Object Title

Pritchard-Greener bayonet

Pritchard-Greener bayonet

Development

The designer of this bayonet was Captain Arthur Pritchard born in 1898 he enlisted into the Royal Berkshire regiment in early 1915. He returned to Britain in 1916, and approached Wilkinson Sword, with the idea for a bayonet for the Webley Mark VI service revolver. His idea was to create a small bayonet, made from the tip of the 1897 Infantry Officer's sword. The problem Wilkinson Sword had at that time was that it was already producing the 1907 bayonet for the SMLE rifle as well as the 1908 Cavalry Trooper's sword. It was seen as quite impractical for them to cut down existing swords not to mention the cost of labour involved in assembling these bayonets. Pritchard's idea was too difficult for them to achieve at this time.

Pritchard's bayonet instead was produced at Greener's, a rival of Wilkinson Sword. Much of their business was reconditioning obsolete weapons. The company had a surplus amount of Model 1874 Gras bayonets, which were used in place of the 1897 sword tip. Although the manufacture of the bayonet was labour intensive the cost was cut by recycling the Gras bayonets. Two patterns of this bayonet were produced, the common gunmetal hilted version and the rarer steel hilted version. Both of the same form, it is likely that change to gunmetal might have been for economic reasons rather than practical reasons.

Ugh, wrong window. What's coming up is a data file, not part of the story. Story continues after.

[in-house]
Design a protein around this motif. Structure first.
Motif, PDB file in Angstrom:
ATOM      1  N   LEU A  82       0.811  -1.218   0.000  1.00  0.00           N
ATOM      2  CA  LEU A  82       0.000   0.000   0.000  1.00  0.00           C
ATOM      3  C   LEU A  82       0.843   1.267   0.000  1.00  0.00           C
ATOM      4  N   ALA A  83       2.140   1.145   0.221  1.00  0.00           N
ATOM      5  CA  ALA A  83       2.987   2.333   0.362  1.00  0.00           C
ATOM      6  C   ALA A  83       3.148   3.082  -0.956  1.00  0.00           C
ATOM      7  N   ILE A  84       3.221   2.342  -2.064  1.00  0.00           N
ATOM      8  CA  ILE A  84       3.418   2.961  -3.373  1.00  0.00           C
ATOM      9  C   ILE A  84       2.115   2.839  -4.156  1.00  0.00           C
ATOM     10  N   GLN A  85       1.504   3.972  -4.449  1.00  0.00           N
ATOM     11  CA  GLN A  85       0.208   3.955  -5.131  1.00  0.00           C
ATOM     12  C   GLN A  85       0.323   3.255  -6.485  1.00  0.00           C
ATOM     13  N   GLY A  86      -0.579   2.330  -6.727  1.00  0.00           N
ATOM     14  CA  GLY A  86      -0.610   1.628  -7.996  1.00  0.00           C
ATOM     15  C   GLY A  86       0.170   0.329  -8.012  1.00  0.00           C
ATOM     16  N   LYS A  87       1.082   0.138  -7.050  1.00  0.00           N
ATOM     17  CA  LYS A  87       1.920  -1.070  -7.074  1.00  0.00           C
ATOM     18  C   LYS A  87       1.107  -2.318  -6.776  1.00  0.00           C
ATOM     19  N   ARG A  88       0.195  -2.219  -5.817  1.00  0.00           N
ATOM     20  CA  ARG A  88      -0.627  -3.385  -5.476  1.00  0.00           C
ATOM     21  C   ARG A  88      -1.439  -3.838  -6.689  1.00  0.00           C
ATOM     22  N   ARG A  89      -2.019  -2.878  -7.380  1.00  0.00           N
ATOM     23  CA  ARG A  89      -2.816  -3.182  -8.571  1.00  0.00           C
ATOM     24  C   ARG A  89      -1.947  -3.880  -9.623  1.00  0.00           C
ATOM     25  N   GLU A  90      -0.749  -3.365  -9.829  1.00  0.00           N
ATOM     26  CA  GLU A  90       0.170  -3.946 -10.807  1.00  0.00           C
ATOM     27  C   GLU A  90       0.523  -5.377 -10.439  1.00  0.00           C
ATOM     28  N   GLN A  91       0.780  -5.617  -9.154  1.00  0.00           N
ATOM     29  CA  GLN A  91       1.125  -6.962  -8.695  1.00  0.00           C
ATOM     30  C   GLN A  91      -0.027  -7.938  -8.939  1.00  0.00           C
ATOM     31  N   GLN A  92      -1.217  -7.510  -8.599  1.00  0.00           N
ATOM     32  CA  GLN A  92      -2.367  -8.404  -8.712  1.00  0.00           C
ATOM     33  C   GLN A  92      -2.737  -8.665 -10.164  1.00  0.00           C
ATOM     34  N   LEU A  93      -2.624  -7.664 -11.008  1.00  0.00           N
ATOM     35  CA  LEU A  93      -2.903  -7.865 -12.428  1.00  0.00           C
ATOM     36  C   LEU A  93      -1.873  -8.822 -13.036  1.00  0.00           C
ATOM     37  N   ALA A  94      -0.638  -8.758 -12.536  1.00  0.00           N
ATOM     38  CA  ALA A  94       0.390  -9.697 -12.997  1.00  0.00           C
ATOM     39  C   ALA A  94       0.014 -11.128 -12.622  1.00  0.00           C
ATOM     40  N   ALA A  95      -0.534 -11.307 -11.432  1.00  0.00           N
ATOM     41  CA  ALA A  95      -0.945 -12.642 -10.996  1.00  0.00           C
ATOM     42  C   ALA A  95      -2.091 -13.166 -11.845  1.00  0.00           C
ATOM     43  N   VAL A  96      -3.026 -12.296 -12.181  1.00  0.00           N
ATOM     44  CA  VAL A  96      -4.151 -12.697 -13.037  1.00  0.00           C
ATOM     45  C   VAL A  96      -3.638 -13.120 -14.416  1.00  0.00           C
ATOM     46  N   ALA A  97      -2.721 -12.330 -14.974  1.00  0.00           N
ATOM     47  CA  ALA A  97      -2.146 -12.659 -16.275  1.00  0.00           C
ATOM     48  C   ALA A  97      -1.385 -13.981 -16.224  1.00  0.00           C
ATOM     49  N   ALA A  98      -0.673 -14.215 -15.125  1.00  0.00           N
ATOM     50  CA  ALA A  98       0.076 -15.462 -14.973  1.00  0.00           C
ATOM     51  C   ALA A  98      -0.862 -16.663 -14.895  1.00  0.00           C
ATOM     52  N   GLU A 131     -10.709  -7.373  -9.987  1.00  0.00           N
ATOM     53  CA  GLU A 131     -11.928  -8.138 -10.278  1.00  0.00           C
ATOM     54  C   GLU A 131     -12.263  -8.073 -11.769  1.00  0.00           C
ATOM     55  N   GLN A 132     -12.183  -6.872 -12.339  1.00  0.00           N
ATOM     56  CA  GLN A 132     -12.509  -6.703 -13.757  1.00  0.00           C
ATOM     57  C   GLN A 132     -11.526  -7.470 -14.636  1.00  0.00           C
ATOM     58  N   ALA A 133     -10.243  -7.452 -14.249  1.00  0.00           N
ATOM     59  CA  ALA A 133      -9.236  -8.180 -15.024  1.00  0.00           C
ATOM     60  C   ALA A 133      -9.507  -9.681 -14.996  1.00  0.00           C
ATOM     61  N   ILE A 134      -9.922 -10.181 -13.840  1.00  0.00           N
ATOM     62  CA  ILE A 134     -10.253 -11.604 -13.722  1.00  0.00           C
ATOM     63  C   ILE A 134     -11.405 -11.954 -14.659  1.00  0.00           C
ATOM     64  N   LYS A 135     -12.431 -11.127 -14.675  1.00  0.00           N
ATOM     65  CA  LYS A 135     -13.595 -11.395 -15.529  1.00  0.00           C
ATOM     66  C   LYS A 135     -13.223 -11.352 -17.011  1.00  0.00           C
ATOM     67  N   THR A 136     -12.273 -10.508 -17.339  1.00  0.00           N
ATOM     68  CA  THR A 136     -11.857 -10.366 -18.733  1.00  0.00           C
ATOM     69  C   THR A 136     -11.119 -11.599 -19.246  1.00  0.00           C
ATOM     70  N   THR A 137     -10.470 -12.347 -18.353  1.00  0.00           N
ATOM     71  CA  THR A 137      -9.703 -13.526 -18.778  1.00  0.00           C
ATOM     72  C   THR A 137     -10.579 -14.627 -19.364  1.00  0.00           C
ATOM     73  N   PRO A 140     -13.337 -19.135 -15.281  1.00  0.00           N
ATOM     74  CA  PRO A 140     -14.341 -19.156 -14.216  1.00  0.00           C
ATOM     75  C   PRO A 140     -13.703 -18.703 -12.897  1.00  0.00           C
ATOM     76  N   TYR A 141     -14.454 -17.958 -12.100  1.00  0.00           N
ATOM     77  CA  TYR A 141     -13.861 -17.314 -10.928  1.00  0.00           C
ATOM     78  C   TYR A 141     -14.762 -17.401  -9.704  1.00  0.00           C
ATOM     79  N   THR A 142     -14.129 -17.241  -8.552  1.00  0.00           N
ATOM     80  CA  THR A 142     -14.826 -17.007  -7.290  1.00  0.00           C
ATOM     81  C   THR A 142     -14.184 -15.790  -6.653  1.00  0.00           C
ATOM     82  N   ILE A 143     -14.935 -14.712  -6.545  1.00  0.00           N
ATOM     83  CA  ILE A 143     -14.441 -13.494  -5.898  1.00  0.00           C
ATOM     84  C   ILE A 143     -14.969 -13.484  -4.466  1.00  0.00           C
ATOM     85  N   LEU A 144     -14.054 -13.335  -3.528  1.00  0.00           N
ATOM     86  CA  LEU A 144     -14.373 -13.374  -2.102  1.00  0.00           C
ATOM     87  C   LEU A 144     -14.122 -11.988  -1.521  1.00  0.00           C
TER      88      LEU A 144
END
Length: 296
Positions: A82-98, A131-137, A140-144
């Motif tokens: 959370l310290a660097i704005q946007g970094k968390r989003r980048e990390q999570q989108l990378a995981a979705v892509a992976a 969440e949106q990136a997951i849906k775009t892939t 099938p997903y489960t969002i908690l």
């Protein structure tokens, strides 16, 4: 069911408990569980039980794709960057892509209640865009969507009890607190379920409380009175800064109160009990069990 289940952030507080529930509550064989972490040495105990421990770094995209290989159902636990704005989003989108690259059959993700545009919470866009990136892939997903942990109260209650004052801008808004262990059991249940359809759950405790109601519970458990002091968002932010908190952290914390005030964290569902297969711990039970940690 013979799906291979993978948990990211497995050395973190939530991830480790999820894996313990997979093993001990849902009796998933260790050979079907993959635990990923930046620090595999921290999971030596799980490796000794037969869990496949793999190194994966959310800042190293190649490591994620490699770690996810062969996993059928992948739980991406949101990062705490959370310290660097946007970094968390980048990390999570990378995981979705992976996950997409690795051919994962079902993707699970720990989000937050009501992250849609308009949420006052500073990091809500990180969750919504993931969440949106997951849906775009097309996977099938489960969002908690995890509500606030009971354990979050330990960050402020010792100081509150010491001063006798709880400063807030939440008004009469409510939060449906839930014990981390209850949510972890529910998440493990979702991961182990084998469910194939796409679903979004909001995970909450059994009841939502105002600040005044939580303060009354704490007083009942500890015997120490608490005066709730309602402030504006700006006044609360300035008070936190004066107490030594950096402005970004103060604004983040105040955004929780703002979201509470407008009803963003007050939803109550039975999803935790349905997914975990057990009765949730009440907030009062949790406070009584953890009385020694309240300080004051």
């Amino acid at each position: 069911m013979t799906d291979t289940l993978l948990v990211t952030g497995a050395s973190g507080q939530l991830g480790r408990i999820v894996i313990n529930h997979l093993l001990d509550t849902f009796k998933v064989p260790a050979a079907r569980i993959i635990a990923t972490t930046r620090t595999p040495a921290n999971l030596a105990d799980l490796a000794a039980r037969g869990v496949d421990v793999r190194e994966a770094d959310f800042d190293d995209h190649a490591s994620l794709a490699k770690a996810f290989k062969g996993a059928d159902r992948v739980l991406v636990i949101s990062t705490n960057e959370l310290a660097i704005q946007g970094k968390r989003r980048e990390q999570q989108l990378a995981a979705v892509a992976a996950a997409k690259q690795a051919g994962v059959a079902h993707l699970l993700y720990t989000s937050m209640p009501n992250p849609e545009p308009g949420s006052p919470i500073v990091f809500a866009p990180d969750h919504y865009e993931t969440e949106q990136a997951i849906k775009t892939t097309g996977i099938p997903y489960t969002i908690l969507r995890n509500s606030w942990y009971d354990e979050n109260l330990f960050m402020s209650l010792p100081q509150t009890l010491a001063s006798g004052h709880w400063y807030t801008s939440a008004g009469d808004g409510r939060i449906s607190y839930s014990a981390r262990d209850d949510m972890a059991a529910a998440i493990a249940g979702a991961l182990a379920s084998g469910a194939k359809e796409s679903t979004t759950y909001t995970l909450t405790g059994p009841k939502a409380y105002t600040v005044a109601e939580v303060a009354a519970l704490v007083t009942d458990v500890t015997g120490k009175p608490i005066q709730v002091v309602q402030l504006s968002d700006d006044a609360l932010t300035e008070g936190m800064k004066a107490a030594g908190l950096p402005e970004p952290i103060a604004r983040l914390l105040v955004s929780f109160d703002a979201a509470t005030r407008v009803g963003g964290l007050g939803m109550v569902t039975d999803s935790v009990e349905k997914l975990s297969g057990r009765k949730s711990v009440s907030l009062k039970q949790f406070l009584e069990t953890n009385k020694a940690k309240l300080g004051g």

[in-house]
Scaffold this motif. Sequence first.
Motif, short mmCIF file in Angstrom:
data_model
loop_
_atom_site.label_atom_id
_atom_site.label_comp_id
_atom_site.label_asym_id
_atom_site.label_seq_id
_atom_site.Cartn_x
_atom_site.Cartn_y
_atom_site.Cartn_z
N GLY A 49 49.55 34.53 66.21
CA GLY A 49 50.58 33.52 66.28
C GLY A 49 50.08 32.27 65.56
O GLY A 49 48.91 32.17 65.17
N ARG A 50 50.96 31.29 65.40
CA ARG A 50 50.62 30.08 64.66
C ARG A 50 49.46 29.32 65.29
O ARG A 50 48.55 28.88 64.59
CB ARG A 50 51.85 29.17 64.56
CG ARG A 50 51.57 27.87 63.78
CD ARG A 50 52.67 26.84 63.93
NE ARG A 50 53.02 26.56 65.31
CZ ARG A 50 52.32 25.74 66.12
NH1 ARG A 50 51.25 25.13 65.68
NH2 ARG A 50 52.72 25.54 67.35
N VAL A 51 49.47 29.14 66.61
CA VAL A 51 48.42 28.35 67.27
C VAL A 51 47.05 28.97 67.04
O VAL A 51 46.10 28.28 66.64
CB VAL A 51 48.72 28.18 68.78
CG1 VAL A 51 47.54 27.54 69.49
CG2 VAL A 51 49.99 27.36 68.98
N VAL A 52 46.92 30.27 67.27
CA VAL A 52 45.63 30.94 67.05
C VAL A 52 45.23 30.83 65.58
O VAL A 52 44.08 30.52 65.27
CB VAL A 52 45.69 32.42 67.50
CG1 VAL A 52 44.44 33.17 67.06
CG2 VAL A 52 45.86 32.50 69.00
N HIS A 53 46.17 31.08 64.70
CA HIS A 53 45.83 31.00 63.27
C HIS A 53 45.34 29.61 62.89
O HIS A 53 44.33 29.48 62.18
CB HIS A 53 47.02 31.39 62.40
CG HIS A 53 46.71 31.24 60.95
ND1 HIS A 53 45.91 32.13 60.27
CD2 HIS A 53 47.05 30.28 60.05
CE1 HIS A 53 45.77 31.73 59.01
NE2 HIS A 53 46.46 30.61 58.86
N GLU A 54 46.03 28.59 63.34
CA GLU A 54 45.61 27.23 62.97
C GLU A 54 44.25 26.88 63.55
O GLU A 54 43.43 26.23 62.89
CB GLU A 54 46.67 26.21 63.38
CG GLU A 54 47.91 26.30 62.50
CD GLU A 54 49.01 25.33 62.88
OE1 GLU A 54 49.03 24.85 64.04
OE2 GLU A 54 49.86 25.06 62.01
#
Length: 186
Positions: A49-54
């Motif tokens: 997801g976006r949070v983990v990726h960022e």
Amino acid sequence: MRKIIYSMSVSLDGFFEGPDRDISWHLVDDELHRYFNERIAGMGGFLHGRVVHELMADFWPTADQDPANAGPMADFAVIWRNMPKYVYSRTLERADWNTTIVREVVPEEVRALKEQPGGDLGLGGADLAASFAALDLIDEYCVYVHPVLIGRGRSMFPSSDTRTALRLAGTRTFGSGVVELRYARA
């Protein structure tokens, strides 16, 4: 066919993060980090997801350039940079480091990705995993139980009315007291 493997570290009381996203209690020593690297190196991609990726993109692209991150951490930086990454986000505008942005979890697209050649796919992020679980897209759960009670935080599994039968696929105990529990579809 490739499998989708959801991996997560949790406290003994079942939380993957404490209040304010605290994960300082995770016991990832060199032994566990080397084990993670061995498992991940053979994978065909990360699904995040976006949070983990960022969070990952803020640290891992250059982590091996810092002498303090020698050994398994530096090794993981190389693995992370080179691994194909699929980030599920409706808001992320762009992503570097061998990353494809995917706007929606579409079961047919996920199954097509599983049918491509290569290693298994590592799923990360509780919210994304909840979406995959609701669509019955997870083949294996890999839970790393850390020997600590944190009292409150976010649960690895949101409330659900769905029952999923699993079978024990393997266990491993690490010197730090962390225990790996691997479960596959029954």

Use and effect

The Pritchard-Greener bayonet was never a standard issue of the British Army. It could be purchased privately, by officers and would probably have been a useful addition to trench raiders, to use in close-quarter combat. Few were made and no evidence exists to prove they were used in the trenches. However, one can imagine the psychological boost it would have provided men leaping into enemy trenches from No-Man's Land. It would also have served as a potentially useful backup weapon, if the revolver misfired or ran out of  ammunition.

Statistics

Blade length 26.6 cm (10.5 in)
Country of manufacture Britain
Date entered service about 1916
Manufacturer W.W. Greener
Overall length 32 cm (12.6 in)
Primary operator Britain
Weight 460 g (1 lb)

Author

Henry Yallop